The unbalanced schedule works so much against the Jays and Orioles, I'm not sure the extra wild card is going to help them much. Just how difficult is their task? First, consider that over the past four seasons the Jays and Orioles have played 33 percent of their games against the Yankees, Rays and Red Sox (216). By comparison, the Rangers have played just 17 percent against the Big Three (109) and the Tigers only 9 percent (60).
Of the 24 season series Toronto and Baltimore have played against the Big Three over the past four seasons, they are 1-19-4. Here are the composite won-lost records from 2009-11 against the Big Three and against all others for Toronto and Baltimore, as well as Texas and Detroit for comparative purposes:
It's clear that the Blue Jays and Orioles are getting hammered by their division rivals. Don't make the mistake of entirely excusing Baltimore's organizational woes on the schedule or that Toronto deserves a free pass. Both teams have done less with more money and better ballparks than the Rays. The point is that the schedule and the strengths of the Yankees, Rays and Red Sox have made Toronto and Baltimore appear worse off than their talent level. Here's one way to look at it: If you set aside the Bataan marches through New York, Tampa and Boston, the Blue Jays over the past four years have a better record than every NL team except the Phillies -- and yet they haven't sniffed the postseason.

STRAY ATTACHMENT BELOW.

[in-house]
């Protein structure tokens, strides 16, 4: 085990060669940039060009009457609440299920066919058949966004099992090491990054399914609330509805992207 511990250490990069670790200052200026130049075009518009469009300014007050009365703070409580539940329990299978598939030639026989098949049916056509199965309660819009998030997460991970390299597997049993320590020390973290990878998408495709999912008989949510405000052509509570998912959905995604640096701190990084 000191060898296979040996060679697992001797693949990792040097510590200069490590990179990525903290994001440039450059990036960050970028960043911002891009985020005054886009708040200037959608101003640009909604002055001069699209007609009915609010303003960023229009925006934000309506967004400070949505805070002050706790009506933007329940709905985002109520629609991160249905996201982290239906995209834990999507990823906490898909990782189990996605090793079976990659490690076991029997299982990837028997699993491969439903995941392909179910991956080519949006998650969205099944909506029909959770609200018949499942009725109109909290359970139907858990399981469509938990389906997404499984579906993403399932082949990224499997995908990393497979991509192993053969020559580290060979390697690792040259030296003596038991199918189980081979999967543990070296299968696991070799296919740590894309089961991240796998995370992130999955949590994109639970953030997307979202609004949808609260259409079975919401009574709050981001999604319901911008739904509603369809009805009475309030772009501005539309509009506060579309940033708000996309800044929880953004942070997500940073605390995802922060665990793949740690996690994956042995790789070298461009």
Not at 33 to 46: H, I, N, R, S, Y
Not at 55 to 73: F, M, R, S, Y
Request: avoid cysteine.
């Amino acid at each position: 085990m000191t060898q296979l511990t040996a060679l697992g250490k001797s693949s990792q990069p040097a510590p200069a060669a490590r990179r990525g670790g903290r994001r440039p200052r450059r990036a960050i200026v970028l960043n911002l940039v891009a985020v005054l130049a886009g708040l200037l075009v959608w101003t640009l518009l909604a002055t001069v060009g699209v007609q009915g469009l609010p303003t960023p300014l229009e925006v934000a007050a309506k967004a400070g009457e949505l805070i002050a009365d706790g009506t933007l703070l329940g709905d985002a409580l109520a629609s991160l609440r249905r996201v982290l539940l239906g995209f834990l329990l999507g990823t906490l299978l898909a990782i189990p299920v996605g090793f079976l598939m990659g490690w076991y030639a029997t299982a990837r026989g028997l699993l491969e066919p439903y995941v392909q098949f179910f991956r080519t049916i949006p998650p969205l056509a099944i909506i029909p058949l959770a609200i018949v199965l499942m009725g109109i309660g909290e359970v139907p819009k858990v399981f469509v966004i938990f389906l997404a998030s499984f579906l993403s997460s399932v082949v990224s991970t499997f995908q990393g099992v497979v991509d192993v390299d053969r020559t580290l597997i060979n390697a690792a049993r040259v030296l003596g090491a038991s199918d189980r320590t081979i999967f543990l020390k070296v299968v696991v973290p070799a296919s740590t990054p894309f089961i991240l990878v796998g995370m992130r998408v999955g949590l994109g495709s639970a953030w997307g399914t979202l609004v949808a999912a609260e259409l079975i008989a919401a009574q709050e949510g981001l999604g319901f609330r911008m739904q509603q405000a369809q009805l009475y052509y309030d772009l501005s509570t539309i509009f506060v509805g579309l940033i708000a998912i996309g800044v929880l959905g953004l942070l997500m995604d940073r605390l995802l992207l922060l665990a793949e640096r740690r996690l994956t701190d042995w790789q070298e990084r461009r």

I don't see much room for improvement this year for Toronto and Baltimore. The key for those teams (and many others) falls not so much with the extra wild card as it does the 2013 schedule. With Houston moving to the AL West next season, we will get two 15-team leagues and year-round interleague play that require a major change to the schedule.
The most important issue will be how many intra-divisional games each team will play. Commissioner Bud Selig is adamant about keeping some form of an unbalanced schedule (to protect rivalries and as many local starting times in prime time as possible). But will the intra-divisional games be scaled back? Will the Jays and Orioles get some relief from the Big Three? Major League Baseball must present a 2013 preliminary schedule to the players association this summer. The added wild card gets all the attention, but the schedule format may have an enormous impact on teams, especially the Blue Jays and Orioles.